We deny the petition for habeas corpus relief. The decision of the district court is affirmed.
The HONORABLE WILLIAM C. STUART, Senior United States District Judge for the Southern District of Iowa, sitting by designation
The Honorable John F. Nangle, Senior United States District Judge for the Eastern District of Missouri
Missouri Supreme Court Rule 27.26 was repealed, effective January 1, 1988. Post-conviction relief is now available under Rule 29.15
The Honorable David D. Noce, United States Magistrate for the Eastern District of Missouri
See Mo.Rev.Stat. Secs. 566.010, 566.030
The following excerpt from the guilty plea hearing describes the factual basis for the petitioner's guilty pleas for the rape, assault, armed criminal action, and burglary:
Mr. Ellis [Prosecutor]: Yes, Your Honor. In that cause the state's evidence would show that on New Years day, in the early a.m., Shirley Bell was at home watching television in her bedroom and was asleep, fell asleep watching T.V. The defendant broke into the home and she woke up with him standing over her with two knives, one in each hand. He forced her to have--attempted to have sexual intercourse with him. He was unable to have sexual intercourse. He did force her to perform an act of sodomy. He then indicated he would have to destroy the evidence. The state's evidence would show he assaulted the woman with a butcher knife, a telephone receiver and a lamp. The woman was seriously injured. She was taken to the hospital where she was treated. The state's evidence will show that she--the defendant lives across the street from the victim, she identified him and she's known him for some time.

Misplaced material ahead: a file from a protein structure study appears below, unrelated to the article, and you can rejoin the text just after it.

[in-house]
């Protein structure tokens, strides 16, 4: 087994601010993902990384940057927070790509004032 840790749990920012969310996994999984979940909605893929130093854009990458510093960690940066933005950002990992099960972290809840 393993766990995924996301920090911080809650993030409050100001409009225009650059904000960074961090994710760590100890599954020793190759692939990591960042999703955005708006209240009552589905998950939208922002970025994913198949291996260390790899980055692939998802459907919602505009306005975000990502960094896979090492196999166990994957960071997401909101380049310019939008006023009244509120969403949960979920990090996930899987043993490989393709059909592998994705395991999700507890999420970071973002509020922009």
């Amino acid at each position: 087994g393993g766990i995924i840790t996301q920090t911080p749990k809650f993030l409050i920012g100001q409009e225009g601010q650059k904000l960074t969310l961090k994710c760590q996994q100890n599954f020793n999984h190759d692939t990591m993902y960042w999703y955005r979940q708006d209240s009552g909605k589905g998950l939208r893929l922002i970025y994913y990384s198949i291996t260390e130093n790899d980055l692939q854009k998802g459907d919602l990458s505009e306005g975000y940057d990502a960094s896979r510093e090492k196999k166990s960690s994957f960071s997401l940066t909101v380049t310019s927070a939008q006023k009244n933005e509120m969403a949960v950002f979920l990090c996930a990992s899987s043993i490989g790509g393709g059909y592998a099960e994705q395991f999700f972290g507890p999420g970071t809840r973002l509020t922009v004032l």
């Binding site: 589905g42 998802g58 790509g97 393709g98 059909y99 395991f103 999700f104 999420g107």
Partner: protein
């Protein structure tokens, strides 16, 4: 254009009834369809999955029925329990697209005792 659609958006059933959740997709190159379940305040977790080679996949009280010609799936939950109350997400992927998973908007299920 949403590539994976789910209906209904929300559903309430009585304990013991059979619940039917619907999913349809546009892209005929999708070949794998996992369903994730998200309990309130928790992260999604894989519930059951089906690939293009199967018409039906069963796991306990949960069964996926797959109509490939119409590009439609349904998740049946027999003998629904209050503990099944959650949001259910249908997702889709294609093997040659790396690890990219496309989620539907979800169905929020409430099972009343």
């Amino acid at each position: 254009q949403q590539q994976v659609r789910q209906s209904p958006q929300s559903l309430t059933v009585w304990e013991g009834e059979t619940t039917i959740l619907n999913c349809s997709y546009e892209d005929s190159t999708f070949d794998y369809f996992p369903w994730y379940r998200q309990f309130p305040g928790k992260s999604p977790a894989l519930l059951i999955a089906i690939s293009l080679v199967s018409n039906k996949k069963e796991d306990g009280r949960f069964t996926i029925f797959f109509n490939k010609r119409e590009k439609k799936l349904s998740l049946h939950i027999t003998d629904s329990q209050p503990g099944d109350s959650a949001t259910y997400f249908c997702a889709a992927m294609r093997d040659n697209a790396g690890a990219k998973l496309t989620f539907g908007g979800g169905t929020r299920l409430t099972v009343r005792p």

Mo.Rev.Stat. Sec. 566.030(2) states:
Forcible rape or an attempt to commit forcible rape as described in subsection 1 of this section ... is a felony for which the authorized term of imprisonment, including both prison and conditional terms, is life imprisonment or a term of years not less than five years, unless in the course thereof the actor inflicts serious physical injury on any person, displays a deadly weapon or dangerous instrument in a threatening manner ... in which cases forcible rape or an attempt to commit forcible rape is a class A felony.